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Groupe Bernard Tapie Signs Deal with DOJ to Acquire Full Tilt Poker for $80 Million

Full Tilt Poker Deal

On Thursday, Nov. 17, 2011, news broke that a signed deal had been reached to allow Groupe Bernard Tapie (GBT) to buy Full Tilt Poker (FTP) for $80 million. According to Reuters, the United States Department of Justice brokered a deal that saw FTP forfeit its assets to the U.S. government, which then sold the assets to the French investment firm.

The deal, which presumably needs to be approved by a two-thirds vote by FTP shareholders, also states that GBT will be responsible for paying back players outside the U.S., and the Department of Justice will pay back players in the U.S., who are owed approximately $150 million. Specifics are not known, but U.S. players will have to apply for compensation through the DOJ.

Finally, the DOJ has agreed to dismiss the civil forfeiture proceedings against FTP, which removes liability for the company's shareholders; however, it will not impact the individual proceedings against those individuals named in the indictments including Howard Lederer, Chris Ferguson and Ray Bitar.

According to Poker Player Newspaper, Wendeen Eolis, CEO of EOLIS Intl Group, spoke with Benham Dayanim, counsel for GBT, who confirmed the deal: “The next step is to obtain an agreement from the Full Tilt Companies. I anticipate it will happen. It allows for players to be repaid, and resolves the FTP forfeiture action by the Government.”

The deal also states that current FTP directors cannot hold shares in the company.

PokerNews spoke with Jeff Ifrah, an attorney for Full Tilt Poker, who said the following:

"All [the embargo] means is that the reporter was not supposed to release it like she did, that’s the embargo, but the agreement itself is signed. You have to understand what it is, this is an agreement between Tapie and the government that, if the government obtains the assets of FTP, Tapie will buy them, and Tapie will pay back the world players, and the government will establish a fund to payback the U.S. players.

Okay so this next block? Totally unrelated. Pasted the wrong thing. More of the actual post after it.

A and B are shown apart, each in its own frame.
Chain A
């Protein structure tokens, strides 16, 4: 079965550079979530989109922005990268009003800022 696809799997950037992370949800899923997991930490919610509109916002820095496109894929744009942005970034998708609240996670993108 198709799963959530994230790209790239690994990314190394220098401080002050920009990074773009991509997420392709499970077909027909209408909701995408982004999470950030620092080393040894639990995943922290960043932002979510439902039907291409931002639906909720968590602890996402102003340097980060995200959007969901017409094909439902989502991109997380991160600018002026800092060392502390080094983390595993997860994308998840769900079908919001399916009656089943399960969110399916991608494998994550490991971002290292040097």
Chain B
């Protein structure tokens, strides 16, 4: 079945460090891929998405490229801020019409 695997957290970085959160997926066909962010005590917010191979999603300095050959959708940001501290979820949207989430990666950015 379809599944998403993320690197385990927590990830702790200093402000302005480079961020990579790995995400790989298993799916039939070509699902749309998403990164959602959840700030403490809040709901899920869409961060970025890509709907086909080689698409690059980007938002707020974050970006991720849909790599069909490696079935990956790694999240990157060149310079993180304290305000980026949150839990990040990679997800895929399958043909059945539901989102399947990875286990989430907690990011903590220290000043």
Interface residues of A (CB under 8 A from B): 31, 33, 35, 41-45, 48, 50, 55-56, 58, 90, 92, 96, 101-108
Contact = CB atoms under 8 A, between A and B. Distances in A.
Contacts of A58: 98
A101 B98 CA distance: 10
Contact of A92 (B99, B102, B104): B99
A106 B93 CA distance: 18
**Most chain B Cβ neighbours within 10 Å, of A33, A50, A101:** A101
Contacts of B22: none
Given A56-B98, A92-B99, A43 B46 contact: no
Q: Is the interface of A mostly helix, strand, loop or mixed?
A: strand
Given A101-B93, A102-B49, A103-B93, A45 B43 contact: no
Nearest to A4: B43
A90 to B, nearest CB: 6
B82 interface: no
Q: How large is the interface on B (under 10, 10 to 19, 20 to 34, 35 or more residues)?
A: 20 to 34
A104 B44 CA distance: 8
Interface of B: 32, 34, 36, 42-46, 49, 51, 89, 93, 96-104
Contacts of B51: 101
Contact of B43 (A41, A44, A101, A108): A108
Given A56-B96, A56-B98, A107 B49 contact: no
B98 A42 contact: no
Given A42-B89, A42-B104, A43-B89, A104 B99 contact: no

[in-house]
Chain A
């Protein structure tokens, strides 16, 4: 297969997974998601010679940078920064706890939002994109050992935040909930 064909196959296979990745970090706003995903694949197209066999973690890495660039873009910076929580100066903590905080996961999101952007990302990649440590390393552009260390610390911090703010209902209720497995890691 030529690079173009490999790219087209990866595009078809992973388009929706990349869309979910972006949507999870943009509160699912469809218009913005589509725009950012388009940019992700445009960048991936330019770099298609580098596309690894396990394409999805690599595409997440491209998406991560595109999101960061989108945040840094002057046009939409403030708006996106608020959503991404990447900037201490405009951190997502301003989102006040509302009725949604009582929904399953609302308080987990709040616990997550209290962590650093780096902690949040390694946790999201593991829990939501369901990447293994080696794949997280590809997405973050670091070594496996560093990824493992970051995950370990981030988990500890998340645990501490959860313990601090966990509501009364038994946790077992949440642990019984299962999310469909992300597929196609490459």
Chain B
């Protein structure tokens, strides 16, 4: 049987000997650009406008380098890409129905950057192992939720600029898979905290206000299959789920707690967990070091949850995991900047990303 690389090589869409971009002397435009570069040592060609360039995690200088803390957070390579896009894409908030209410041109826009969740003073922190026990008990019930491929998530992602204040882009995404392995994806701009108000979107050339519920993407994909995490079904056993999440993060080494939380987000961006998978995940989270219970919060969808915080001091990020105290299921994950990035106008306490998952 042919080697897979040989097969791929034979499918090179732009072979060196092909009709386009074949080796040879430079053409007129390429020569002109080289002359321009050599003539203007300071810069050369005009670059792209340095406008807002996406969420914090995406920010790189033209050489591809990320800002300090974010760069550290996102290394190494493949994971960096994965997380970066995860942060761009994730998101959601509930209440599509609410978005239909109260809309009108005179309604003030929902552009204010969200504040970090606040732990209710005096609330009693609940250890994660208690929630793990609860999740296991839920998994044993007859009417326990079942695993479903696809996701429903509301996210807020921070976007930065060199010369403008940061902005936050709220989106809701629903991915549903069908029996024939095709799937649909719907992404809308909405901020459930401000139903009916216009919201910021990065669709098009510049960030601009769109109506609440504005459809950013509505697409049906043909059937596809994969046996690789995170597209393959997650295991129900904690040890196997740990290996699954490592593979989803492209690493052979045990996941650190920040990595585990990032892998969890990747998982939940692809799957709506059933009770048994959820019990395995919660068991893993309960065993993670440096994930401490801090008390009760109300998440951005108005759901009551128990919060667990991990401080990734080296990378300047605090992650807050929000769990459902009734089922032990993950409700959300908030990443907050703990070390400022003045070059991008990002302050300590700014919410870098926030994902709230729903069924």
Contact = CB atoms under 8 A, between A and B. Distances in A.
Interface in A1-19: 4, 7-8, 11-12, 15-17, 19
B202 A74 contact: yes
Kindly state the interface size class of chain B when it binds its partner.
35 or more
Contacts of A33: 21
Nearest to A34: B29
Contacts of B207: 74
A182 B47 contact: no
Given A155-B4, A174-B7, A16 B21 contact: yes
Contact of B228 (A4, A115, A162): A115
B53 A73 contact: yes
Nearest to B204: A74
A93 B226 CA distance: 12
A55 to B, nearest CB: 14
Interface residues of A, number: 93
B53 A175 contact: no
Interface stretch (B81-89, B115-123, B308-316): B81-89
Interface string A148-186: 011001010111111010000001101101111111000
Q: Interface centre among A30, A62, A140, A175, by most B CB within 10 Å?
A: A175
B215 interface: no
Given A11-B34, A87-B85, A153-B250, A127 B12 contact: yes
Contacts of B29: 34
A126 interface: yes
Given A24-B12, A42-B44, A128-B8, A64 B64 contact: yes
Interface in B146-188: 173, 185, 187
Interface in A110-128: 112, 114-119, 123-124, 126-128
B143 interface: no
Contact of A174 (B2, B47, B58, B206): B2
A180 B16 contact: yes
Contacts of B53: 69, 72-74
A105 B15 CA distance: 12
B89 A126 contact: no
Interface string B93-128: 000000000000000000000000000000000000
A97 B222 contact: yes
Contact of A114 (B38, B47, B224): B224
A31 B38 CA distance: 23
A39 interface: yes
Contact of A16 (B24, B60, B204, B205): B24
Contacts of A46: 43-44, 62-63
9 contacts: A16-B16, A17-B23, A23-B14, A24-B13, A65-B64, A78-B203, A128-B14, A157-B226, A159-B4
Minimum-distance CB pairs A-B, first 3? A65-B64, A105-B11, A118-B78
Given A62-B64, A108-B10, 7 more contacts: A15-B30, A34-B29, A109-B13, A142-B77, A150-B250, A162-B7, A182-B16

"There is a signed agreement between the government and Tapie that dictates what the terms will be for the sale of the assets, but the government doesn’t have the assets yet, so they still need to obtain them . . . It’s not clear what has to happen for the government to obtain those assets.

"In a lot of ways, the agreement’s historic, so obviously there is going to remain a lot of questions [as to] how players are going to submit a request, when will they get the money back, how much money will be available, will they get money for points, will they get money for this, for that, there’s a ton of questions, and all of those questions need to be answered. For now, this is a pretty historic agreement in many ways, and it’s going to lay the groundwork for a final agreement between Tapie and the company, which will ultimately result in those assets, presumably, being voluntarily forfeited to the government.”

PokerNews contacted the DOJ and were told: “We have no comment and are not confirming or denying an agreement.”

Updated 3:45 p.m. PDT: Ray Bitar released a statement to PokerStrategy saying, “I am extremely pleased with the efforts of the Department of Justice, and the Groupe Bernard Tapie corporation, and appreciate their continued dedication in working towards a mutually beneficial agreement that will facilitate repayment of the players."

This is a breaking story and PokerNews will bring you any and all developments as they happen.

*It should be noted that according to the article on Yahoo Finance, the story was under embargo.

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